“Just read the chart there, beta”

The chart, light brown in colour, was at the other end of the wall and clearly visible on it, large curvy handwriting, were words etched in black which said things like “Pat likes to sing”, “Hen lays eggs”, the works.

Rehan could read it but he knew that once he removed his glasses it’ll be as blur as it was on that day. Then he gingerly removed his glasses to read what it said and he felt a wave of embarrassment wash him down. Rehan still wondered how she found out that he had had problems with his eyesight.

The scene changed and with it brought another wave of embarrassment. It reminded Rehan how jumpy he was as a little kid. He remembered how things used to go wrong in his effort to do it “properly”. In his whirlwind, although sometimes, clumsy effort he made it difficult for the other person to comprehend his actions. His “help” often went wrong. It bought a sly smile to him now but even the smile was laced with wonderment, with confusion and with disappointment.

Rehan could see his teacher wearing a pink suit and a skirt reaching for the desk of a mousy haired and scared kid. He saw single sheets of paper lying on everyone’s desk. He saw a tall gangly dark kid touch a hard bound book with a tattered old blue cover while crossing himself. He saw some sharpening their pencils to a fine point and poking them to their cheek to validate it as “pointed”.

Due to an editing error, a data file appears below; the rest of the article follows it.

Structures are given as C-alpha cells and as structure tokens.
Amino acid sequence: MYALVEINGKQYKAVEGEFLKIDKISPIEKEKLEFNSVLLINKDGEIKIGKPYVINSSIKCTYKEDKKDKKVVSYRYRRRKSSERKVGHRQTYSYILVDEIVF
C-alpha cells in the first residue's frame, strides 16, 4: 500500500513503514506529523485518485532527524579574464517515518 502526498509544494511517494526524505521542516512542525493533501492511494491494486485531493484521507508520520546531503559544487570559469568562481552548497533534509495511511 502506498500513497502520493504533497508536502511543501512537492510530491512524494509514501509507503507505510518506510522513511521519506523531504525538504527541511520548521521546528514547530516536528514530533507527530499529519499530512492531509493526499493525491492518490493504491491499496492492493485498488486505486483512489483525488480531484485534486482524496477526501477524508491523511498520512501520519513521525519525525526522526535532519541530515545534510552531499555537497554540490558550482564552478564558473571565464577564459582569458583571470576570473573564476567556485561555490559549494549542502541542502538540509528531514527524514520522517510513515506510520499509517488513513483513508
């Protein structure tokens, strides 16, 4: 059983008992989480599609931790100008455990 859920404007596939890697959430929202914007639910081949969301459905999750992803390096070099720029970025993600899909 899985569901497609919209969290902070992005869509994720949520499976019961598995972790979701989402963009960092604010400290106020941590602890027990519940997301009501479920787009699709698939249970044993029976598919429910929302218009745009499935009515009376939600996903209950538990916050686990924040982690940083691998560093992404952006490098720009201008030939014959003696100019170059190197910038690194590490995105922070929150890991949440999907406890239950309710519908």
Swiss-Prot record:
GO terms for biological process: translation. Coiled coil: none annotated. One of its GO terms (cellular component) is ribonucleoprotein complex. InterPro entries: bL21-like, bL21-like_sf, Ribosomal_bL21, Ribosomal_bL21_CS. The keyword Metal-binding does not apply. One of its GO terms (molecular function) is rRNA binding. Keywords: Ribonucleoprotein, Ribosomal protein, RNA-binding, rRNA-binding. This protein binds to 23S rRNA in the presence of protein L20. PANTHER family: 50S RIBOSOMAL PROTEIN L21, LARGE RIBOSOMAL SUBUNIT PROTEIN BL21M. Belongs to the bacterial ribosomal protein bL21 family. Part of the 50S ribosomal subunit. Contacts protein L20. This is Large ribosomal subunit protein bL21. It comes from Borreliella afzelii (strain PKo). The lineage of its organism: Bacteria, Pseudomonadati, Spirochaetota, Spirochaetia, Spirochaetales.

Suddenly the teacher exclaimed loudly, stepped backwards (stumbled was more apt actually) and tapped the scared kid on the head with her hand while taking the other to her lips. The kid tried to help the teacher by pulling out his pockets to show that he wasn’t hiding any “chits” inside. But he decided to help her at precisely the same time when she reached him and hit her full on her face. The professor’s face was a scary sight. The kid could’ve cried out if he wasn’t too scared to show his tears too. Her lips were bleeding and her eyes were streaked with madness. While his were earth drawn. A single rebellious tear finally rolled down to lightly splash on his exam paper.